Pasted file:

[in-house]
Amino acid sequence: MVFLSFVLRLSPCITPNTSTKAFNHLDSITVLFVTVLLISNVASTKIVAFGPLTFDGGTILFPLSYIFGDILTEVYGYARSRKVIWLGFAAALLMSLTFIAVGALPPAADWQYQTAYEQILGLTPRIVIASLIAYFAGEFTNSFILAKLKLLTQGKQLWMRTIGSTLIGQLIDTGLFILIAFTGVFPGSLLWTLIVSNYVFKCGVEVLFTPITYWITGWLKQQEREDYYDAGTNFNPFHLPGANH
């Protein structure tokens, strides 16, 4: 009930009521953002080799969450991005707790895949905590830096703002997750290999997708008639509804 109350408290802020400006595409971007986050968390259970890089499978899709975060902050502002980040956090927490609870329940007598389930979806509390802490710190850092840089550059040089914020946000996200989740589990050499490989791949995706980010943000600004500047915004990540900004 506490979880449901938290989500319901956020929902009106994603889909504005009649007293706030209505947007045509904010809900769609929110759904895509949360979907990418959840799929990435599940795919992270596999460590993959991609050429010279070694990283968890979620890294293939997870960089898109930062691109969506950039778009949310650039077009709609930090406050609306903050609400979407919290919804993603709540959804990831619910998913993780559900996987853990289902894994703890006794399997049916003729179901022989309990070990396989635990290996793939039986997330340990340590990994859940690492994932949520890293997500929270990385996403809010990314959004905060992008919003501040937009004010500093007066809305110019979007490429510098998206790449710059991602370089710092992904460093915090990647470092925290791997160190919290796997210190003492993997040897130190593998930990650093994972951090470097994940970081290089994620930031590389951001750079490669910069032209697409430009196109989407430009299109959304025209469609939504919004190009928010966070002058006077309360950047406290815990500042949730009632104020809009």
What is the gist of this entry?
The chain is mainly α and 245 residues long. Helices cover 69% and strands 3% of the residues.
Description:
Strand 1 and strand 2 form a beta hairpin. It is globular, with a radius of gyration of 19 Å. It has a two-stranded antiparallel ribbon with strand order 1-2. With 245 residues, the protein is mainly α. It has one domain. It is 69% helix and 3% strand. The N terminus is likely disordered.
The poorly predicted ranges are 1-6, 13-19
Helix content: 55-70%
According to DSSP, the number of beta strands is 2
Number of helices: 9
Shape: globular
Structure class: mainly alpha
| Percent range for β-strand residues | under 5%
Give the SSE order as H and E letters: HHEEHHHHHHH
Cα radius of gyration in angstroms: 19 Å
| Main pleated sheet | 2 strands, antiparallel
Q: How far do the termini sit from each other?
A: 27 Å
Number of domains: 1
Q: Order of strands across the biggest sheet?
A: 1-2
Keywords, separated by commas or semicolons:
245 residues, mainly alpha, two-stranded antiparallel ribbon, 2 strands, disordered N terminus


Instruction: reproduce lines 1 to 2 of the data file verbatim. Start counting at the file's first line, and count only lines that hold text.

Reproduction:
[in-house]
Amino acid sequence: MVFLSFVLRLSPCITPNTSTKAFNHLDSITVLFVTVLLISNVASTKIVAFGPLTFDGGTILFPLSYIFGDILTEVYGYARSRKVIWLGFAAALLMSLTFIAVGALPPAADWQYQTAYEQILGLTPRIVIASLIAYFAGEFTNSFILAKLKLLTQGKQLWMRTIGSTLIGQLIDTGLFILIAFTGVFPGSLLWTLIVSNYVFKCGVEVLFTPITYWITGWLKQQEREDYYDAGTNFNPFHLPGANH